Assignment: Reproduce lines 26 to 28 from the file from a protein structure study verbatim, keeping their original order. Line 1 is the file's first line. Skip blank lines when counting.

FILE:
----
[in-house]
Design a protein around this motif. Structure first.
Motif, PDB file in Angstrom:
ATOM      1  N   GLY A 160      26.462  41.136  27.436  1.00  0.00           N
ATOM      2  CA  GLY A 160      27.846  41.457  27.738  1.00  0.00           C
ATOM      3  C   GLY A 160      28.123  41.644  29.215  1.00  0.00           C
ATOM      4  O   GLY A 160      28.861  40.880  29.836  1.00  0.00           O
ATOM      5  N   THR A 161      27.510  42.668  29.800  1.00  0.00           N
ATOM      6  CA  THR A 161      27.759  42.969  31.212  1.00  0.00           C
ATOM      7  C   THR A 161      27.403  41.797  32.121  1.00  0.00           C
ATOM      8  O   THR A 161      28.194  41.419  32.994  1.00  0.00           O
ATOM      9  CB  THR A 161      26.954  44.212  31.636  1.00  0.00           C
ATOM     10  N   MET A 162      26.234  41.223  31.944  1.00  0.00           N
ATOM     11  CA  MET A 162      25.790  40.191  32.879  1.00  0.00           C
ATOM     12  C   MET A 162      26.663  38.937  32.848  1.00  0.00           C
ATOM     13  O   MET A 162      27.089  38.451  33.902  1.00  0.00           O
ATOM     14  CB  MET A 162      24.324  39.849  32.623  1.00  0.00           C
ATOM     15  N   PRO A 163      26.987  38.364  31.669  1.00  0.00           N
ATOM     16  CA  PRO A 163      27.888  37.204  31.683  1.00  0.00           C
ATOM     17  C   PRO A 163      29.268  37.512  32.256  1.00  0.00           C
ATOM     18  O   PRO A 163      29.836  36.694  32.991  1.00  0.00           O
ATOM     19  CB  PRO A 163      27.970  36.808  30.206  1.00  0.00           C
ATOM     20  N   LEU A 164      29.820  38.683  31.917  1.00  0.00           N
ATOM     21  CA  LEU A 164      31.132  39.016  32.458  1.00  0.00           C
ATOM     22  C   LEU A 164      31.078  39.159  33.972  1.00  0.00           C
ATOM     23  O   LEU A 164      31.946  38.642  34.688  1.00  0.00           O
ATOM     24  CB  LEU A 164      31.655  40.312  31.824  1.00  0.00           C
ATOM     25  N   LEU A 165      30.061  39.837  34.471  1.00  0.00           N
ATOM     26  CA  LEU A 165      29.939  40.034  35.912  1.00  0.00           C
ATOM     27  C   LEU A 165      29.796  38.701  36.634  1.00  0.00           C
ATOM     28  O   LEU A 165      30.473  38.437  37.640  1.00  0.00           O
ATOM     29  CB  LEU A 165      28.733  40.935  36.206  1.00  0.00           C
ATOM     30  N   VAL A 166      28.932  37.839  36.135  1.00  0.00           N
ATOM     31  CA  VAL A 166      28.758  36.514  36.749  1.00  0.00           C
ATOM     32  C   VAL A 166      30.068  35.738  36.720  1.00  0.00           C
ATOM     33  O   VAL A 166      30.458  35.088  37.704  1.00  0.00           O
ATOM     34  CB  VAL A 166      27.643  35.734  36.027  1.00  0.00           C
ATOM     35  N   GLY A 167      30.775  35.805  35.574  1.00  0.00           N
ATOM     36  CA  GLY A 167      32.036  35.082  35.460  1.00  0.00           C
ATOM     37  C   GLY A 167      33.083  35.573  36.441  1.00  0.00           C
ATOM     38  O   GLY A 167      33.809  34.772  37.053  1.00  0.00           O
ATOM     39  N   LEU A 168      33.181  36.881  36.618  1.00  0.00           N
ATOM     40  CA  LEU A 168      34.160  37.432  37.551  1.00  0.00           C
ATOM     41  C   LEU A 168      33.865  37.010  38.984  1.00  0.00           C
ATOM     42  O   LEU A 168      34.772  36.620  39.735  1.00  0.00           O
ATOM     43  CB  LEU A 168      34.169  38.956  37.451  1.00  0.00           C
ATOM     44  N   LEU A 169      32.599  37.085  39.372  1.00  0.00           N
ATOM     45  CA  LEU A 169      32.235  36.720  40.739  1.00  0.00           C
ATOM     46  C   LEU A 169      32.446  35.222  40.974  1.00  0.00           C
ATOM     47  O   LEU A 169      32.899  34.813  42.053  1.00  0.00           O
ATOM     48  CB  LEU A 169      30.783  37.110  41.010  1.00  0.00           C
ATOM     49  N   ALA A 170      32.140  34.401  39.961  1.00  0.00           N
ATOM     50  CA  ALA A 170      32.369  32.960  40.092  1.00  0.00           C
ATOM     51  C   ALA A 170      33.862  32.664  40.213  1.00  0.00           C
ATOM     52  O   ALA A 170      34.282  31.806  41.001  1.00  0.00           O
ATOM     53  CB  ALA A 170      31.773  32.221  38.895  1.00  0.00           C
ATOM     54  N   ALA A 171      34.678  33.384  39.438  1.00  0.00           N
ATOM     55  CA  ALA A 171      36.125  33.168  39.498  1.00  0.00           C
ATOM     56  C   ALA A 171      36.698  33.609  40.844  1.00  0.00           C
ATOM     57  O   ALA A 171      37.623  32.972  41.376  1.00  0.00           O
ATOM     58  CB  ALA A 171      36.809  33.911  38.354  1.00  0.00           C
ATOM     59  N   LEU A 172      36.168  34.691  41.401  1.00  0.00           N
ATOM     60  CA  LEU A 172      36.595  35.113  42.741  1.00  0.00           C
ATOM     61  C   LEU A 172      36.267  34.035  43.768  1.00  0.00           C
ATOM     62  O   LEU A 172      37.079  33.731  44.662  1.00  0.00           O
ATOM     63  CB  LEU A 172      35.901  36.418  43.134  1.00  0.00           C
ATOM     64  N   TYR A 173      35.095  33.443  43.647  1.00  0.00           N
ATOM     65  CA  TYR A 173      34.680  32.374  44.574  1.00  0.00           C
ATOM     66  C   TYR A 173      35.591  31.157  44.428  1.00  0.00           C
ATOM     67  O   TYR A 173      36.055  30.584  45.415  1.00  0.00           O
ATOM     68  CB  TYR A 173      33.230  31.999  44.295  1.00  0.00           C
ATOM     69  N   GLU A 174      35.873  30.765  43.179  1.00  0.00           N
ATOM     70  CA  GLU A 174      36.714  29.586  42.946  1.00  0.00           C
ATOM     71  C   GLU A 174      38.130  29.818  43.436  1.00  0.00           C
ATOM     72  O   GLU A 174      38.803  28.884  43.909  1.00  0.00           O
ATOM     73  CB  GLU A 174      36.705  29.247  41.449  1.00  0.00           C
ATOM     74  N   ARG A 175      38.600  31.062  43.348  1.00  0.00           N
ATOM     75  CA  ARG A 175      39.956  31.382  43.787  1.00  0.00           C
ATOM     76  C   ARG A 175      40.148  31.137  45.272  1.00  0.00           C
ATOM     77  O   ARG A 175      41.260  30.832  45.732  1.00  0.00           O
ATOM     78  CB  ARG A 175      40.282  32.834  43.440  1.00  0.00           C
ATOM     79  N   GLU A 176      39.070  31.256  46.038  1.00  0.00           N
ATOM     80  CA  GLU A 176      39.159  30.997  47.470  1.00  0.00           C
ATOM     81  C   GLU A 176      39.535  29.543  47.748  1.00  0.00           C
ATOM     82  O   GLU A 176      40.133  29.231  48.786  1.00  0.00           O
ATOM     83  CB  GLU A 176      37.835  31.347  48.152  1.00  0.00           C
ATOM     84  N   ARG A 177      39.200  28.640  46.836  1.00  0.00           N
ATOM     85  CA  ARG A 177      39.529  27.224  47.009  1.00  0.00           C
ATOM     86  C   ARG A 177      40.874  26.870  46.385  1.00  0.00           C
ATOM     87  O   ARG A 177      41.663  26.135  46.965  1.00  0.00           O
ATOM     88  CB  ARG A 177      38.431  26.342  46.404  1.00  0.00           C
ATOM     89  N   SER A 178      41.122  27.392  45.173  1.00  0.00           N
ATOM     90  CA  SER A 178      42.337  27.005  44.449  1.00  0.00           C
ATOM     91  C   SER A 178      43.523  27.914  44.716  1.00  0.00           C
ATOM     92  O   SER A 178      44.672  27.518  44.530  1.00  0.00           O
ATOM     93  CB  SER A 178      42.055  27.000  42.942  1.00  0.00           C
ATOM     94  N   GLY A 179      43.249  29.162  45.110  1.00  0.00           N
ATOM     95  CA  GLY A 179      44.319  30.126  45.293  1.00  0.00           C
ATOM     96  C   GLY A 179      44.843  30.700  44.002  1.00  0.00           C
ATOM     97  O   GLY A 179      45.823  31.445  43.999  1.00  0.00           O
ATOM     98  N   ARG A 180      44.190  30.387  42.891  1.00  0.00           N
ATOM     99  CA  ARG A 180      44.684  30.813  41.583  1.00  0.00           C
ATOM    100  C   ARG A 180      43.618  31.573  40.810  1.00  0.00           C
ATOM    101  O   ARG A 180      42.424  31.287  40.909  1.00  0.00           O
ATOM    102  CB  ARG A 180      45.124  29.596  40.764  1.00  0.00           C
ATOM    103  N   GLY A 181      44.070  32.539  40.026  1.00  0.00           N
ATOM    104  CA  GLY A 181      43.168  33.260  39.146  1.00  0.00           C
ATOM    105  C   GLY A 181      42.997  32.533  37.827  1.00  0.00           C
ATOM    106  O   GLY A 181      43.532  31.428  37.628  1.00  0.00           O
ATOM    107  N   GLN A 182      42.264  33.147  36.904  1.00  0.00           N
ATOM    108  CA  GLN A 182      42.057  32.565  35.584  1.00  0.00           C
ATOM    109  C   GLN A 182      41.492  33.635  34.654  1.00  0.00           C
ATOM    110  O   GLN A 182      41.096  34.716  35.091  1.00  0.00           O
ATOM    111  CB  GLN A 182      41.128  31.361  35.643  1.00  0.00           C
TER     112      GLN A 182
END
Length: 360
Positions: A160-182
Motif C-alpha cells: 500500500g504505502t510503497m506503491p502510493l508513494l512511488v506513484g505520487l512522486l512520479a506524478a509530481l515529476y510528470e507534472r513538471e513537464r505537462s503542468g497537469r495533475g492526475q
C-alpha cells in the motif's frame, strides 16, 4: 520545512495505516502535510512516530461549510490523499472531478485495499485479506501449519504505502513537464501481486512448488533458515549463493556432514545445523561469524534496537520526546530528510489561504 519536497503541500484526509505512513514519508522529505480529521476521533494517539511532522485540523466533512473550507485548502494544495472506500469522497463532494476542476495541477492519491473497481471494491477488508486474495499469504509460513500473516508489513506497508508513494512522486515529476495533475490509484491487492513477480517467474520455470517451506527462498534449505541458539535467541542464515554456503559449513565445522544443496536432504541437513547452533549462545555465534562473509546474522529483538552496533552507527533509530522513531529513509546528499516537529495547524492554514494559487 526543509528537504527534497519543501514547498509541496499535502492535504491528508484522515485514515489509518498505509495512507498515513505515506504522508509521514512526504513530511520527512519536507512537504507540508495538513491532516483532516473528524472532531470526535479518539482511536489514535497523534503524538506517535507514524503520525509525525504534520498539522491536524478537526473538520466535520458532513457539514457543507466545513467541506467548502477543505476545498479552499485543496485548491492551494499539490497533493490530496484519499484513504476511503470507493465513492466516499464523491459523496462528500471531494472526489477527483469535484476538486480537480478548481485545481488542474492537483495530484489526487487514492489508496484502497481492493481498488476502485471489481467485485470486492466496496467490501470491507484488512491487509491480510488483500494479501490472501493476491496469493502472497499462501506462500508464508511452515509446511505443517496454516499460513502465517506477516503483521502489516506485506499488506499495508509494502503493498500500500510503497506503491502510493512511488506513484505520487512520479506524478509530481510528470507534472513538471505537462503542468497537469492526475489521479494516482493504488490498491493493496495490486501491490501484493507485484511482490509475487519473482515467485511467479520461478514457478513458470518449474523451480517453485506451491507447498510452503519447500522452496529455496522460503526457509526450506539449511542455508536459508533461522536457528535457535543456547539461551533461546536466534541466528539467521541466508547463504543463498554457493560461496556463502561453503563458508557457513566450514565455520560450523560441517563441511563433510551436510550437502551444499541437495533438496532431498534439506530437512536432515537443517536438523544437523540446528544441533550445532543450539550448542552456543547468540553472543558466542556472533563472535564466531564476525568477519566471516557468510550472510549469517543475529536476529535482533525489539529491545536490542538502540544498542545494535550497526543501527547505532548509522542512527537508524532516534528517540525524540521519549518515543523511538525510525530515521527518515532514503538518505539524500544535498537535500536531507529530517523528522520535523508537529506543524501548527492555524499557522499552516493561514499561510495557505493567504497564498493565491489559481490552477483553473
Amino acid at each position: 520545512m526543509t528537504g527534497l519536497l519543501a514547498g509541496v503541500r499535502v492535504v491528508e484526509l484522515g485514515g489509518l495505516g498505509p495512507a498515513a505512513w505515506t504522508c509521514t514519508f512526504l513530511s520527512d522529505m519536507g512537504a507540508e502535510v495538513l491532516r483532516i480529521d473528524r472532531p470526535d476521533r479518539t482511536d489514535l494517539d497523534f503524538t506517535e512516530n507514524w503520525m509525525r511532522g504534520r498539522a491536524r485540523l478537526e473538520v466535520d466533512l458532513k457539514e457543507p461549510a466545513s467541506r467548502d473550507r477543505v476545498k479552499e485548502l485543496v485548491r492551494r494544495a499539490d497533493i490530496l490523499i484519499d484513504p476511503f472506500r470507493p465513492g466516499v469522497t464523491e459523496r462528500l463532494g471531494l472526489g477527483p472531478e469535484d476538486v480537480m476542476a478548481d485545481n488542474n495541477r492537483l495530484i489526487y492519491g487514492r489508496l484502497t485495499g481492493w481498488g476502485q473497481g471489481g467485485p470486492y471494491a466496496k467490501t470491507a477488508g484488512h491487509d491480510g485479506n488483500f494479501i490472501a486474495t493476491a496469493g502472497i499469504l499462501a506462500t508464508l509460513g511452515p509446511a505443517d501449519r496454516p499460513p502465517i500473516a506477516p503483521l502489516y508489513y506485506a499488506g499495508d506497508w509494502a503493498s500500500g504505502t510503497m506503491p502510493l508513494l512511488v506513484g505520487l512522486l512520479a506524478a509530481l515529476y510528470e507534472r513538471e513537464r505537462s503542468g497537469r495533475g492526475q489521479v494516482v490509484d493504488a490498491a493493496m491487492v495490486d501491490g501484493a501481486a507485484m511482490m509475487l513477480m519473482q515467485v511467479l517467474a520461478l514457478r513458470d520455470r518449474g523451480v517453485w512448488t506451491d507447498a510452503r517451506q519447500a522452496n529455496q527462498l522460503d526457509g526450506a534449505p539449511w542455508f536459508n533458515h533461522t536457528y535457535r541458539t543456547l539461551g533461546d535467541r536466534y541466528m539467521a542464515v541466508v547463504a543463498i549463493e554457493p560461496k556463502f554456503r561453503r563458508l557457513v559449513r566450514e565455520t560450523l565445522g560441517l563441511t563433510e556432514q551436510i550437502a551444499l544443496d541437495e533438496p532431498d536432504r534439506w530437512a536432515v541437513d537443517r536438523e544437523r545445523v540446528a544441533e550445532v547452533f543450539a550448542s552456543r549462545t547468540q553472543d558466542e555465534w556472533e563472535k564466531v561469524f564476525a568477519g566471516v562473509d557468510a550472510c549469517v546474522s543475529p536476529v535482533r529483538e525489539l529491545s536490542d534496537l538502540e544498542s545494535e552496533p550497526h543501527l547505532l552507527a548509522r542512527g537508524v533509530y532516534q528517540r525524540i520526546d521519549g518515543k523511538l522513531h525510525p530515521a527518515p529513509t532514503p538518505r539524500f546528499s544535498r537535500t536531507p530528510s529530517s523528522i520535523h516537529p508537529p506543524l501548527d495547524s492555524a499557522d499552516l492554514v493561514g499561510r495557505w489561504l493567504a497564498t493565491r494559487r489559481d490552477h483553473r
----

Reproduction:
ATOM     23  O   LEU A 164      31.946  38.642  34.688  1.00  0.00           O
ATOM     24  CB  LEU A 164      31.655  40.312  31.824  1.00  0.00           C
ATOM     25  N   LEU A 165      30.061  39.837  34.471  1.00  0.00           N